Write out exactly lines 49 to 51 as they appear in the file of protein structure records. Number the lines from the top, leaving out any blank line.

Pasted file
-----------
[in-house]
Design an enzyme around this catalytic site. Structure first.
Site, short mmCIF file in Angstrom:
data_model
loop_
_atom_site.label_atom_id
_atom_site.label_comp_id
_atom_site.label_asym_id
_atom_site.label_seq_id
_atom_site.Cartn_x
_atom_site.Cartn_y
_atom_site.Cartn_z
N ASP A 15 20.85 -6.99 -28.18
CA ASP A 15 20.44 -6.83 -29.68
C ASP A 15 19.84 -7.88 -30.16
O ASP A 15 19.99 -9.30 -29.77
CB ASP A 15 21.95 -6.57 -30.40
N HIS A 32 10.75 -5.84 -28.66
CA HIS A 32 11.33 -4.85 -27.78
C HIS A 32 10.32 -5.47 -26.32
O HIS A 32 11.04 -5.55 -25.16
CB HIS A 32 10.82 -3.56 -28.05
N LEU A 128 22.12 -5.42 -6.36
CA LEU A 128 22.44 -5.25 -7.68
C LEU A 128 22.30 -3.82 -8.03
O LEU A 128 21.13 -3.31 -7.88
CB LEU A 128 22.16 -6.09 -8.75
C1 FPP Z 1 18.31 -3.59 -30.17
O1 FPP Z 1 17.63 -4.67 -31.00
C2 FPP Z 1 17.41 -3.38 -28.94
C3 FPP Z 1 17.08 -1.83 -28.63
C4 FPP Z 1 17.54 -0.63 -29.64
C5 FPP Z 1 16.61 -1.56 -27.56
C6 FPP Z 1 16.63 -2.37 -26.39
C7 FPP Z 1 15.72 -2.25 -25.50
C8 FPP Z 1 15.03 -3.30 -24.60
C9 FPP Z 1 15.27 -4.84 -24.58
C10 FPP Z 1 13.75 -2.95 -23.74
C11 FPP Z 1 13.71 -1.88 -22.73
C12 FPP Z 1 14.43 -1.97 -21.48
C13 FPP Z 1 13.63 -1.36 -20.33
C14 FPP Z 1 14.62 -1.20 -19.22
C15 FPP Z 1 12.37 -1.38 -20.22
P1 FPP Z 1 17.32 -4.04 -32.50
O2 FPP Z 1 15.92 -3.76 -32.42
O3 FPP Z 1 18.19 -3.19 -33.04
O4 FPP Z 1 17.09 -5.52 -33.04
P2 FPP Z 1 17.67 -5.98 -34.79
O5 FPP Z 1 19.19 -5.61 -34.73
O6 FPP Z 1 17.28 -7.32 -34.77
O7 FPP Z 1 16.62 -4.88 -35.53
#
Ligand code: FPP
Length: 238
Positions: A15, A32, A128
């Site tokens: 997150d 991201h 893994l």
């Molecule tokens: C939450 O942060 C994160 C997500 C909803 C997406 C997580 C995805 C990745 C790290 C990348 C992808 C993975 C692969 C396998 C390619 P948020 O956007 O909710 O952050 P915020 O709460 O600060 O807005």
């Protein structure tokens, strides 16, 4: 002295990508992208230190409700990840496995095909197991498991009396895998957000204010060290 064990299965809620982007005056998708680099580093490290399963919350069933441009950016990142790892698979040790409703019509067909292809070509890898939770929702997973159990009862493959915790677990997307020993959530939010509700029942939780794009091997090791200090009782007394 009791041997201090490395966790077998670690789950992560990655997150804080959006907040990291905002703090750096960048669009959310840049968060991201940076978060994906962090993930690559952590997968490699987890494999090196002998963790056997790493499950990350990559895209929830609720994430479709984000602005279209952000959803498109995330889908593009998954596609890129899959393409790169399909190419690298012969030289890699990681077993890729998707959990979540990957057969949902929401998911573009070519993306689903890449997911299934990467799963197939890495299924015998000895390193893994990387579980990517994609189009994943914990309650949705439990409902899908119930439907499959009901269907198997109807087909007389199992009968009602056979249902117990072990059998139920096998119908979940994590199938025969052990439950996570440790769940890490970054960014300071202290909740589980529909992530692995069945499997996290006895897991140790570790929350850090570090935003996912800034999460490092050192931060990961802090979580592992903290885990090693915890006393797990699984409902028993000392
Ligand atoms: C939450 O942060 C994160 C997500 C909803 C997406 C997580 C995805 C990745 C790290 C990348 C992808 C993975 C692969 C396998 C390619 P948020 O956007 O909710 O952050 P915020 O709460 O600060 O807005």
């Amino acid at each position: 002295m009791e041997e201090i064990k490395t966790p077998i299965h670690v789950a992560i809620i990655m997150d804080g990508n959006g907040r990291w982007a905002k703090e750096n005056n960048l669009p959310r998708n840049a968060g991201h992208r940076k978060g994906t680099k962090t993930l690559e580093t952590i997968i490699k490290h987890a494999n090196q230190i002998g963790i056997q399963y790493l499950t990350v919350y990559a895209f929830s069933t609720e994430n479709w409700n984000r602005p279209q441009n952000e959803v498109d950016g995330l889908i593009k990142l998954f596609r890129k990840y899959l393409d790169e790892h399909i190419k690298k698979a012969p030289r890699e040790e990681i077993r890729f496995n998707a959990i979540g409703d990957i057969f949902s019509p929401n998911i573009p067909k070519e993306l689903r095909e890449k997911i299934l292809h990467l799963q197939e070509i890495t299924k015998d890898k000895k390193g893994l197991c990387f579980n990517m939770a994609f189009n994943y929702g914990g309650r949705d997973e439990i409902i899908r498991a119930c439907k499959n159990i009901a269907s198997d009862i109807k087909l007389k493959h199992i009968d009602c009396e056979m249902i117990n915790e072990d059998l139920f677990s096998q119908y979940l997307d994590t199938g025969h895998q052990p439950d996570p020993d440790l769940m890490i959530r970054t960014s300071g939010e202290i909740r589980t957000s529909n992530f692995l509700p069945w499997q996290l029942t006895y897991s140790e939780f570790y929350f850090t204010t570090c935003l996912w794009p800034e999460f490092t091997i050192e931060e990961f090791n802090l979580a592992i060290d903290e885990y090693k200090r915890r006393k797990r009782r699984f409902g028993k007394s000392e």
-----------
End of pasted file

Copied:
O5 FPP Z 1 19.19 -5.61 -34.73
O6 FPP Z 1 17.28 -7.32 -34.77
O7 FPP Z 1 16.62 -4.88 -35.53